MH17 was shot down nearly six years ago over eastern Ukraine, but one aviation expert has suggested that this disaster may have been a «calling card» reference to another tragedy the disappearance of MH370.
Malaysia Airlines Flight 17 came to grief on July 17, 2014, en route from Amsterdam to Kuala Lumpur, and all 298 people on board the plane were killed. This occurred during unrest in the area that had escalated into an armed conflict between pro-Russia separatists and the Ukrainian government, a few months after Russia annexed Crimea. The Dutch Safety Board and Dutch-led joint investigation team concluded that the Boeing 777-200ER had been downed by Russia-backed rebels with a Buk surface-to-air missile.
They also concluded that it had most likely been a tragic mistake to hit a civilian aircraft.
Just four months earlier, Malaysia Airlines Flight 370 had gone missing on March 8, 2014, en route from Kuala Lumpur to Beijing with 239 people on board.
MH370 was never found and it still remains one of the world’s most bewildering aviation mysteries.
However, one expert has claimed these two incidents are actually related ‒ and that they have the same perpetrator.
Jeff Wise, who has been investigating MH370’s disappearance since 2014, has concluded that it was Russia to blame for both attacks.
His theory is that Russia was hitting back against the West for sanctions imposed on Russia as a result of the annexation of Crimea and ongoing conflict in eastern Ukraine.
He posited that MH370 was chosen simply because Russian military intelligence had worked out a specific “hack” that meant they could swiftly and silently hijack a plane and send it to its doom.
Then, MH17 was chosen as a so-called “calling card”, an obscure way of demonstrating that the incidents were indeed related.
Mr Wise wrote in his 2015 book ‘The Plane That Wasn’t There’: “If I had to guess, I would say that perhaps MH370 was a demonstration of prowess.
«A way to say to the West: ‘You can hurt us with sanctions, but don’t sleep too soundly at night, because we can hurt you in ways that you can’t even imagine.’
“MH370 was targeted only because the Russians had worked out a hack that would only work in very particular circumstances and MH370 happened to fit them.
“MH370 might have been a reprise in a far blunter fashion, a way of saying in effect: ‘Remember the last time you zapped us? You hurt again, we’re hurting you again.’
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“This time, the victims’ aircraft type was chosen as a kind of calling card, like an insignia left behind on the victims of a massacre.”
Former CIA Operative Robert Bear apparently told him: “For Russia, this may have been a way of saying: ‘The day after sanctions, you want to see what sanctions are going to get you? We can prove it’s going to suck.’”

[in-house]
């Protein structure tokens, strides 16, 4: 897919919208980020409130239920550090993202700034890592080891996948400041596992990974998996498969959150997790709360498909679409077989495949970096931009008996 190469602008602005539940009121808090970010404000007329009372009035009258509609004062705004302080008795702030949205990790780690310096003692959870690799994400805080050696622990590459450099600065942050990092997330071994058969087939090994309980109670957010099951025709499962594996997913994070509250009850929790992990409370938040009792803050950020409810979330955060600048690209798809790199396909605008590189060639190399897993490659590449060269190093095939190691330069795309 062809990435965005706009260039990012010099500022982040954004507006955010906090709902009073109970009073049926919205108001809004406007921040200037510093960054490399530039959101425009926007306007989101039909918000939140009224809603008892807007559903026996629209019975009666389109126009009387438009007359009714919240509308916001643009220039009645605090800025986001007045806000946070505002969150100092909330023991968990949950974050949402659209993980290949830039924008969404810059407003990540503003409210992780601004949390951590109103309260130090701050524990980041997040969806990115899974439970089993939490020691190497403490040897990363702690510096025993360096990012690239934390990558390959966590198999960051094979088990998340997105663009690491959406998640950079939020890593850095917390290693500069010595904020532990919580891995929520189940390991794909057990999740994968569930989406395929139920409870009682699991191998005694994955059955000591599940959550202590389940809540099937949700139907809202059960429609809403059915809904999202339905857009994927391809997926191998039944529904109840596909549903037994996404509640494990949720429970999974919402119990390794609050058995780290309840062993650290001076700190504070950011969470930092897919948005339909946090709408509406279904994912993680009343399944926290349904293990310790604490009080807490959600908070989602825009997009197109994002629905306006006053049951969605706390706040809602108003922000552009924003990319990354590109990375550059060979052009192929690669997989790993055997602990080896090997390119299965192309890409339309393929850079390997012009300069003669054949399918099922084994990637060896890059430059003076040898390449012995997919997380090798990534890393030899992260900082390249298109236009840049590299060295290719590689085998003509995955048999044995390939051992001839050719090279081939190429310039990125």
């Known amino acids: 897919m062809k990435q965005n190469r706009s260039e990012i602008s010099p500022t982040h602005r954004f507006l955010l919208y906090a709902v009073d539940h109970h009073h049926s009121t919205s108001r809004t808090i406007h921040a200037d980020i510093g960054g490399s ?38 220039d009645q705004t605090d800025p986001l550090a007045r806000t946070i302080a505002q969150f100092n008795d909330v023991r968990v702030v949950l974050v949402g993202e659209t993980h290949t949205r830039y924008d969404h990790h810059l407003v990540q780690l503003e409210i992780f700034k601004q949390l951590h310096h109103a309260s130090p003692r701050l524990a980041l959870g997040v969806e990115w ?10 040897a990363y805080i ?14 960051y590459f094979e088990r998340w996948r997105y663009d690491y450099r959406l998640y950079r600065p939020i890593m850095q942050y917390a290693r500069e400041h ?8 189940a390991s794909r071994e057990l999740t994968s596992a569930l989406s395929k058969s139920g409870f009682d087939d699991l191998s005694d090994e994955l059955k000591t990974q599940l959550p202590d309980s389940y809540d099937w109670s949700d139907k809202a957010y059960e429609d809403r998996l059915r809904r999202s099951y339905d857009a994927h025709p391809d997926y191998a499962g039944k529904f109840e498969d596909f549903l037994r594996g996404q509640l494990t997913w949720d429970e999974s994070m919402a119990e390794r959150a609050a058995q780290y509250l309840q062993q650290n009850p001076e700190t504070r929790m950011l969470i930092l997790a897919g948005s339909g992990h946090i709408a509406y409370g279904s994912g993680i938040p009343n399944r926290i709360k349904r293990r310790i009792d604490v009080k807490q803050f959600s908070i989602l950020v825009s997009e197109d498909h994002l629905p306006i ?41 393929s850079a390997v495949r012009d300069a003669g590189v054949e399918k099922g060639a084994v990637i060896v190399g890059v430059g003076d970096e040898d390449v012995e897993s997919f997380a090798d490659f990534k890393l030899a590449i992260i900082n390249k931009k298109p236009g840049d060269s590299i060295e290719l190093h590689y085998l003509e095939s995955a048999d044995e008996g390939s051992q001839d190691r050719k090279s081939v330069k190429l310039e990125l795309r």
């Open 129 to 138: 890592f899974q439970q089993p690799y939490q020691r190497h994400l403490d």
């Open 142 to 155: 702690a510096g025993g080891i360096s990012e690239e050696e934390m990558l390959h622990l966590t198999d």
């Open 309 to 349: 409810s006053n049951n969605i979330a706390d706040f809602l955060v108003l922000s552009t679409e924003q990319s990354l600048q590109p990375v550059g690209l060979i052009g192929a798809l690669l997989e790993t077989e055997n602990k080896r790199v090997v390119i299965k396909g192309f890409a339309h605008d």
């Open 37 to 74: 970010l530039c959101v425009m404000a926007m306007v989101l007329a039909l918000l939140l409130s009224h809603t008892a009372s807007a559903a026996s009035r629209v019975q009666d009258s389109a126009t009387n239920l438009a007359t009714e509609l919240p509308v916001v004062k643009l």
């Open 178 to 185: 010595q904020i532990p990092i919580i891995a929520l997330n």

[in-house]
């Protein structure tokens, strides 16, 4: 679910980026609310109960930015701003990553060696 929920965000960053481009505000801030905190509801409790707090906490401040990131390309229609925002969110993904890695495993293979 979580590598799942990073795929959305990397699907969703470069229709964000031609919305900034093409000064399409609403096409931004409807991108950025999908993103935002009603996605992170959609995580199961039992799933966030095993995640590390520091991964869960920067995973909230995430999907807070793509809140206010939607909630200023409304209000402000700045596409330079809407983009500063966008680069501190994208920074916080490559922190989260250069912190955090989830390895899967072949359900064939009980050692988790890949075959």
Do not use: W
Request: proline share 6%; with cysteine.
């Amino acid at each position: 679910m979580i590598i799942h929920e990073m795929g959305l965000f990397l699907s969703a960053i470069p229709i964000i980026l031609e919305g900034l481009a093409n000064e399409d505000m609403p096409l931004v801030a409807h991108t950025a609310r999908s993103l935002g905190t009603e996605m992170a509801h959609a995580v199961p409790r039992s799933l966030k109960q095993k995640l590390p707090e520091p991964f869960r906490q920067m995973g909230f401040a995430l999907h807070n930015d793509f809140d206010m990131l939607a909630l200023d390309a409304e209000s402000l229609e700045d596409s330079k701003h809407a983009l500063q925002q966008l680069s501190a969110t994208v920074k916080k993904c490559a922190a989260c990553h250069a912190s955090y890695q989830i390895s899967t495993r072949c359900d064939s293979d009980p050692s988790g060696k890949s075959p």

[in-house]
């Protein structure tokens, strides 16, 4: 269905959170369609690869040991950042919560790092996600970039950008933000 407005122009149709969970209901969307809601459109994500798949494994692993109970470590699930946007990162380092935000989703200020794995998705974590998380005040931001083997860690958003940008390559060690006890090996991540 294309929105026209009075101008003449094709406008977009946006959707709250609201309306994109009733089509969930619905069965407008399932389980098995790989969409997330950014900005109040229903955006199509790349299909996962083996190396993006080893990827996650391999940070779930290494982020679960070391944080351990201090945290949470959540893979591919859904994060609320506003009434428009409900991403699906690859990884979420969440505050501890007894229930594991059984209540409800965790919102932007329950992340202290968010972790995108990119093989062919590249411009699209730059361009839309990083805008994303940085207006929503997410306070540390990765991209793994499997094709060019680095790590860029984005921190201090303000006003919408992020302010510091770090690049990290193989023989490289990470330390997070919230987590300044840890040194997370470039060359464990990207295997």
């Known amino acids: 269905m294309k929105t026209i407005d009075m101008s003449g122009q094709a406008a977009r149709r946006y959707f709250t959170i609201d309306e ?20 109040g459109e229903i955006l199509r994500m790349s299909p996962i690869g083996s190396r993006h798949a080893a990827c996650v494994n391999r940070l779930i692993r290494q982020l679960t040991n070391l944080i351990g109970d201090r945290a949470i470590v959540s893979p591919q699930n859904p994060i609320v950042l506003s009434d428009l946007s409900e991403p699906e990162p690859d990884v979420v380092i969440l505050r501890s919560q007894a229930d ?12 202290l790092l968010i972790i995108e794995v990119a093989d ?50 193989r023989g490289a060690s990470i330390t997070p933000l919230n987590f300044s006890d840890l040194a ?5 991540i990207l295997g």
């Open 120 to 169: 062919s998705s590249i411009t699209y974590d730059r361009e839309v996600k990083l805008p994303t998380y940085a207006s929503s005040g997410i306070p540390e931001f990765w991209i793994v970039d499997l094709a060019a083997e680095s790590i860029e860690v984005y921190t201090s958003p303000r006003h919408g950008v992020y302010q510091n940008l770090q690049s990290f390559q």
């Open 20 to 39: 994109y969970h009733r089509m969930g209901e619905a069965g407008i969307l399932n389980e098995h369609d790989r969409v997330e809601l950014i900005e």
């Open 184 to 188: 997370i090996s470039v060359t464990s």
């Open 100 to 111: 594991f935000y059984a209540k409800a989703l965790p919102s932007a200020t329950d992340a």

This theory only works, of course, if the West ‒ more specifically the US ‒ was aware that Russia was to blame for MH370.
While it seems unlikely for the US to know this piece of information and never reveal it, it may seem more plausible when it is considered that such an admission could escalate into an unwanted war with Russia.
One reason Mr Wise believes these incidents are related is their astonishing similarities and how unlikely it is to take place entirely coincidentally.
Both planes affected were Boeing 777s belonging to Malaysia Airlines of which there were 15 in the world out of a total of around 19,000 commercial airliners at the beginning of 2014.
As 777s have an almost perfect safety record and none have ever been lost to in-flight failure, the chances of this being a coincidence appear to be low.
What’s more, both resulted in the (presumed) deaths of over 200 people and, according to Mr Wise, neither have been adequately explained.
While the international community generally concluded after MH17 that it had been a tragic accident at the hands of untrained militiamen, others suggested it’s possible it was a more calculated attack from the Russian government.
Finally, both occurred after a similar dispute over sanctions.
On March 6, 2014, US President Barack Obama imposed sanctions against Russia in response to its interference in Ukraine.
On March 7, Russia’s foreign minister Sergey Lavrov responded by saying that sanctions would “inevitably hit the US like a boomerang” ‒ the next day MH370 went missing.
A few months later, on July 16, President Obama announced new sanctions against Russia and Vladimir Putin himself released a public statement, warning that sanctions “generally have a boomerang effect” ‒ the next day MH17 was shot down.
When considered in this context, the events of MH370 and MH17 are eerily similar.
Mr Wise added that, while the motive for these attacks may appear thin, it is “dangerous to theorise what another person will or will not do based on your perceptions of what their best interests are.
“What seems irrational to you might seem entirely reasonable given the desires, fears, goals and perceptions that only they themselves are aware of.”
However, this is just one theory and there are dozens of others, none of which have been proven.